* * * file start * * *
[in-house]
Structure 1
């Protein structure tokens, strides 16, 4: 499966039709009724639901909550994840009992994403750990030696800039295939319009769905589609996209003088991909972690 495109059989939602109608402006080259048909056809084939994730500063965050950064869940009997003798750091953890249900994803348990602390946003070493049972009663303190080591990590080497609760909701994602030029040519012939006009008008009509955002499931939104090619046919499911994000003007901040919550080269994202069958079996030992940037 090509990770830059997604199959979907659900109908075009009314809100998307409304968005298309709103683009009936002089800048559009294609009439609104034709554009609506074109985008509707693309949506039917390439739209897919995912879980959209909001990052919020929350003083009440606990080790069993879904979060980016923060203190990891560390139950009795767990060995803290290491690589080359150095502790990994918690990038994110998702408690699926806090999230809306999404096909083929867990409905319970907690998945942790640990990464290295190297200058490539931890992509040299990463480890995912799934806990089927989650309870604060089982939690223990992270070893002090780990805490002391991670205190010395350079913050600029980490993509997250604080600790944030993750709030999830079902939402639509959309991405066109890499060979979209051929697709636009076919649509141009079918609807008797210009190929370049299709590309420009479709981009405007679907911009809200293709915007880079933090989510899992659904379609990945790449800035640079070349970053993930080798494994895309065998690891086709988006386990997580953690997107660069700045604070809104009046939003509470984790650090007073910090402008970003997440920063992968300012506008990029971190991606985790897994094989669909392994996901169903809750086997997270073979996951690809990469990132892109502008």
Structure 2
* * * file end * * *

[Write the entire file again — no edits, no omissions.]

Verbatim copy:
[in-house]
Structure 1
């Protein structure tokens, strides 16, 4: 499966039709009724639901909550994840009992994403750990030696800039295939319009769905589609996209003088991909972690 495109059989939602109608402006080259048909056809084939994730500063965050950064869940009997003798750091953890249900994803348990602390946003070493049972009663303190080591990590080497609760909701994602030029040519012939006009008008009509955002499931939104090619046919499911994000003007901040919550080269994202069958079996030992940037 090509990770830059997604199959979907659900109908075009009314809100998307409304968005298309709103683009009936002089800048559009294609009439609104034709554009609506074109985008509707693309949506039917390439739209897919995912879980959209909001990052919020929350003083009440606990080790069993879904979060980016923060203190990891560390139950009795767990060995803290290491690589080359150095502790990994918690990038994110998702408690699926806090999230809306999404096909083929867990409905319970907690998945942790640990990464290295190297200058490539931890992509040299990463480890995912799934806990089927989650309870604060089982939690223990992270070893002090780990805490002391991670205190010395350079913050600029980490993509997250604080600790944030993750709030999830079902939402639509959309991405066109890499060979979209051929697709636009076919649509141009079918609807008797210009190929370049299709590309420009479709981009405007679907911009809200293709915007880079933090989510899992659904379609990945790449800035640079070349970053993930080798494994895309065998690891086709988006386990997580953690997107660069700045604070809104009046939003509470984790650090007073910090402008970003997440920063992968300012506008990029971190991606985790897994094989669909392994996901169903809750086997997270073979996951690809990469990132892109502008």
Structure 2